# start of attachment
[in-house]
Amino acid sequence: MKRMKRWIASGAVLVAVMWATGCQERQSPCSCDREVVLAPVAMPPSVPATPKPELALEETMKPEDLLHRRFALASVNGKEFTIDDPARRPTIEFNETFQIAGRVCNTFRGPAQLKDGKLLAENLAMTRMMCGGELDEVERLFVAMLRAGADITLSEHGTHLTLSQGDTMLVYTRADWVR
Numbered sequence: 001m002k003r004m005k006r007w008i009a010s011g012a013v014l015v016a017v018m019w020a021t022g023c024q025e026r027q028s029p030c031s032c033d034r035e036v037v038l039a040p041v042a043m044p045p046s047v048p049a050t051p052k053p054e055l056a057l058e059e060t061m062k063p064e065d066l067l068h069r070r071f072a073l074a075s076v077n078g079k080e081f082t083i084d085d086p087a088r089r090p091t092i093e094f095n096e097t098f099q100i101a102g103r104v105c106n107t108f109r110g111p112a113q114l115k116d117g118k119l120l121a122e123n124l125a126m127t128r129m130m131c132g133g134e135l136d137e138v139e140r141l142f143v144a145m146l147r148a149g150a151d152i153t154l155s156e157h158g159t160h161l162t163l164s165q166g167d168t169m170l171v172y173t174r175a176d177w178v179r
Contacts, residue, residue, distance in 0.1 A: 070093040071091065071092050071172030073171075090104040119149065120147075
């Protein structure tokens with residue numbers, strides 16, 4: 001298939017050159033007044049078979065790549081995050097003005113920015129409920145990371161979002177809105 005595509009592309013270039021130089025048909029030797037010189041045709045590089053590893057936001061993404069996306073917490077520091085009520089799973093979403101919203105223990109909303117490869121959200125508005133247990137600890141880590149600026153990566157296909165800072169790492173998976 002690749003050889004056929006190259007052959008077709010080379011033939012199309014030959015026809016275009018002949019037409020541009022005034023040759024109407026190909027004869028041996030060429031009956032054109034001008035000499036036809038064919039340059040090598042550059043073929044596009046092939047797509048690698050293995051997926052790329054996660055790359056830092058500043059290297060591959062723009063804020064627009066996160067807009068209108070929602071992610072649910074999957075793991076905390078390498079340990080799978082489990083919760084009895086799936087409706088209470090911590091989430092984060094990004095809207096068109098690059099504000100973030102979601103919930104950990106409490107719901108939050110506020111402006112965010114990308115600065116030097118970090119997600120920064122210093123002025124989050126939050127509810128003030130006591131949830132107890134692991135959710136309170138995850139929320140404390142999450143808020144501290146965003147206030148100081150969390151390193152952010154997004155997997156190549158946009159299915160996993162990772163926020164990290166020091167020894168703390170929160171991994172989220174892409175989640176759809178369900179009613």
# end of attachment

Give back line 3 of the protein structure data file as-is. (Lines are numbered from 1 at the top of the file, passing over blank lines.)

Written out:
Numbered sequence: 001m002k003r004m005k006r007w008i009a010s011g012a013v014l015v016a017v018m019w020a021t022g023c024q025e026r027q028s029p030c031s032c033d034r035e036v037v038l039a040p041v042a043m044p045p046s047v048p049a050t051p052k053p054e055l056a057l058e059e060t061m062k063p064e065d066l067l068h069r070r071f072a073l074a075s076v077n078g079k080e081f082t083i084d085d086p087a088r089r090p091t092i093e094f095n096e097t098f099q100i101a102g103r104v105c106n107t108f109r110g111p112a113q114l115k116d117g118k119l120l121a122e123n124l125a126m127t128r129m130m131c132g133g134e135l136d137e138v139e140r141l142f143v144a145m146l147r148a149g150a151d152i153t154l155s156e157h158g159t160h161l162t163l164s165q166g167d168t169m170l171v172y173t174r175a176d177w178v179r